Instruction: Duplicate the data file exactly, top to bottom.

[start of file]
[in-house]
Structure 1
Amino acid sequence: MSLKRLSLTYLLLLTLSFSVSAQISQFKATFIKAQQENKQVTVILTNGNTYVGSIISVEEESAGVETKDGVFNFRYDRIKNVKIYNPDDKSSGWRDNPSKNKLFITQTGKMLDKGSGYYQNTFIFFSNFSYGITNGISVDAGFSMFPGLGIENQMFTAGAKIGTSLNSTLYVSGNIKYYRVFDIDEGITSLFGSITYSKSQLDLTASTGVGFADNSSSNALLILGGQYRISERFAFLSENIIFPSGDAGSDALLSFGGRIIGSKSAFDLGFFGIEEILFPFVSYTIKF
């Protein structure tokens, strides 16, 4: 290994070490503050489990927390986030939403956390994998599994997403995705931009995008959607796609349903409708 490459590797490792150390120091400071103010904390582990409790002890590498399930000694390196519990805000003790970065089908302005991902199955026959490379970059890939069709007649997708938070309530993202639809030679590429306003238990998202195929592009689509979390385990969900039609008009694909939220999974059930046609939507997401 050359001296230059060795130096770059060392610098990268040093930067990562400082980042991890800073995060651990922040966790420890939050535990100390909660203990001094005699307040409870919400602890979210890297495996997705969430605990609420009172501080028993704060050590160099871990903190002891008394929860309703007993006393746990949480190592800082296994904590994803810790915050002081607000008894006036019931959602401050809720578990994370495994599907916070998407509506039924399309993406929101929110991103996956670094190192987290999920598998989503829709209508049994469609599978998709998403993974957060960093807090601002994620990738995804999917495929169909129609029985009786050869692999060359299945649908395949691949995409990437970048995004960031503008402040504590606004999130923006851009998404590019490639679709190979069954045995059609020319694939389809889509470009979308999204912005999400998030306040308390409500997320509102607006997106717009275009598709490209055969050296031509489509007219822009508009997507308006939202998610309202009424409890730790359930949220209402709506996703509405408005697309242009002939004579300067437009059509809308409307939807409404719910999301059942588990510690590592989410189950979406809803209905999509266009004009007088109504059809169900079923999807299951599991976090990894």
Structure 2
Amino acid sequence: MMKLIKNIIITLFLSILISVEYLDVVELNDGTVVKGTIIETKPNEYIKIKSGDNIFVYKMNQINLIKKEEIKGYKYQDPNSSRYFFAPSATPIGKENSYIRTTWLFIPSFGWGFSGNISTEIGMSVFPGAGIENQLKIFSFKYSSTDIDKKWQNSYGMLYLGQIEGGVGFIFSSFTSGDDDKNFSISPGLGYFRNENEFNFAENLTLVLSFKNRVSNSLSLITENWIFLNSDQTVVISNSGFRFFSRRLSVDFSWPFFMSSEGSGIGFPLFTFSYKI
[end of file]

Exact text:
[in-house]
Structure 1
Amino acid sequence: MSLKRLSLTYLLLLTLSFSVSAQISQFKATFIKAQQENKQVTVILTNGNTYVGSIISVEEESAGVETKDGVFNFRYDRIKNVKIYNPDDKSSGWRDNPSKNKLFITQTGKMLDKGSGYYQNTFIFFSNFSYGITNGISVDAGFSMFPGLGIENQMFTAGAKIGTSLNSTLYVSGNIKYYRVFDIDEGITSLFGSITYSKSQLDLTASTGVGFADNSSSNALLILGGQYRISERFAFLSENIIFPSGDAGSDALLSFGGRIIGSKSAFDLGFFGIEEILFPFVSYTIKF
């Protein structure tokens, strides 16, 4: 290994070490503050489990927390986030939403956390994998599994997403995705931009995008959607796609349903409708 490459590797490792150390120091400071103010904390582990409790002890590498399930000694390196519990805000003790970065089908302005991902199955026959490379970059890939069709007649997708938070309530993202639809030679590429306003238990998202195929592009689509979390385990969900039609008009694909939220999974059930046609939507997401 050359001296230059060795130096770059060392610098990268040093930067990562400082980042991890800073995060651990922040966790420890939050535990100390909660203990001094005699307040409870919400602890979210890297495996997705969430605990609420009172501080028993704060050590160099871990903190002891008394929860309703007993006393746990949480190592800082296994904590994803810790915050002081607000008894006036019931959602401050809720578990994370495994599907916070998407509506039924399309993406929101929110991103996956670094190192987290999920598998989503829709209508049994469609599978998709998403993974957060960093807090601002994620990738995804999917495929169909129609029985009786050869692999060359299945649908395949691949995409990437970048995004960031503008402040504590606004999130923006851009998404590019490639679709190979069954045995059609020319694939389809889509470009979308999204912005999400998030306040308390409500997320509102607006997106717009275009598709490209055969050296031509489509007219822009508009997507308006939202998610309202009424409890730790359930949220209402709506996703509405408005697309242009002939004579300067437009059509809308409307939807409404719910999301059942588990510690590592989410189950979406809803209905999509266009004009007088109504059809169900079923999807299951599991976090990894």
Structure 2
Amino acid sequence: MMKLIKNIIITLFLSILISVEYLDVVELNDGTVVKGTIIETKPNEYIKIKSGDNIFVYKMNQINLIKKEEIKGYKYQDPNSSRYFFAPSATPIGKENSYIRTTWLFIPSFGWGFSGNISTEIGMSVFPGAGIENQLKIFSFKYSSTDIDKKWQNSYGMLYLGQIEGGVGFIFSSFTSGDDDKNFSISPGLGYFRNENEFNFAENLTLVLSFKNRVSNSLSLITENWIFLNSDQTVVISNSGFRFFSRRLSVDFSWPFFMSSEGSGIGFPLFTFSYKI